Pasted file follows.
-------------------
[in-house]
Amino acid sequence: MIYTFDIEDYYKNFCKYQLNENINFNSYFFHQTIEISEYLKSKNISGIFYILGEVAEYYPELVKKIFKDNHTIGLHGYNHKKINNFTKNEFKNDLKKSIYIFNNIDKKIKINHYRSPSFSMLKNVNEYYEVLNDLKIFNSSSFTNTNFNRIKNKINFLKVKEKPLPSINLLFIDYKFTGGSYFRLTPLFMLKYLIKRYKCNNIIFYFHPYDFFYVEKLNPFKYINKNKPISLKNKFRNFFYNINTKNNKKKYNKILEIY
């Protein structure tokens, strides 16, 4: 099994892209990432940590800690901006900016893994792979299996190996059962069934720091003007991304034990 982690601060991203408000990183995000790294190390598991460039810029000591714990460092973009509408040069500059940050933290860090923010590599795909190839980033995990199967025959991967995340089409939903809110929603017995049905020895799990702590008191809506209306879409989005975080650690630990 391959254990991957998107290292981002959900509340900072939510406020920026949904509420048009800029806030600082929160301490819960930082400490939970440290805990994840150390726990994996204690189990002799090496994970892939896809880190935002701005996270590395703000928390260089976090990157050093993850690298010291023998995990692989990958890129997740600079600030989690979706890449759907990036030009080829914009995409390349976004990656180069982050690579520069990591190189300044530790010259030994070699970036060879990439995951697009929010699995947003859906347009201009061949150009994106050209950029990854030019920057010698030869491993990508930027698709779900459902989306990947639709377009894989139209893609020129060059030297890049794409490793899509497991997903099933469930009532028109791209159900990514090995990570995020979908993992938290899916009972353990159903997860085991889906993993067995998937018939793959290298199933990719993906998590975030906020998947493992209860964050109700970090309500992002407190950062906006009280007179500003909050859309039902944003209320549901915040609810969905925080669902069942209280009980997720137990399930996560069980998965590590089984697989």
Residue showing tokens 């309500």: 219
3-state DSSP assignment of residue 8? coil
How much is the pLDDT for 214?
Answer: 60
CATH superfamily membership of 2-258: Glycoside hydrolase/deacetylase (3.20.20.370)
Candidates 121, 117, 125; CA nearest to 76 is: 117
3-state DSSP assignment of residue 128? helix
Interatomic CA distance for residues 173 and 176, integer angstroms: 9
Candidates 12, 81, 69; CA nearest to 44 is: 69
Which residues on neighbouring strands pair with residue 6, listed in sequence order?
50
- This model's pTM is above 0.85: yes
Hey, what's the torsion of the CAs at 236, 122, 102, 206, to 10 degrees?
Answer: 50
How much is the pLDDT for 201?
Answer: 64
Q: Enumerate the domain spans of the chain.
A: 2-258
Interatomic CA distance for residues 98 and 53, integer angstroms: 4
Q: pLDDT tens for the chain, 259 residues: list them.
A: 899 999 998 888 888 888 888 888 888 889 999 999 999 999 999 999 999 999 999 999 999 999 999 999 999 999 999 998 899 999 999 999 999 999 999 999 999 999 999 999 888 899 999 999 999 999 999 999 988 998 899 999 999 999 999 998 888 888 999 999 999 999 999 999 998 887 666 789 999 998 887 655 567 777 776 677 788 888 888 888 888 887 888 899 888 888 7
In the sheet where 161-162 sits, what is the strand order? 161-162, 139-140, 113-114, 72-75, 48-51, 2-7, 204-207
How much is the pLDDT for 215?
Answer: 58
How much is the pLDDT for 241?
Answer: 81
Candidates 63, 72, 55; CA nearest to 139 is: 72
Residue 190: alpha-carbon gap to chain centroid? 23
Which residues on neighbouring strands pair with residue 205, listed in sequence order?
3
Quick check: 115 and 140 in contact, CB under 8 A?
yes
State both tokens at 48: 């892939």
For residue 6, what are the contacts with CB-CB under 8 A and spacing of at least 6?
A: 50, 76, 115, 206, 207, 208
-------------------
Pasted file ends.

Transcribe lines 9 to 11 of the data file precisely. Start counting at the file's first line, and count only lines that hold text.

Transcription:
Candidates 121, 117, 125; CA nearest to 76 is: 117
3-state DSSP assignment of residue 128? helix
Interatomic CA distance for residues 173 and 176, integer angstroms: 9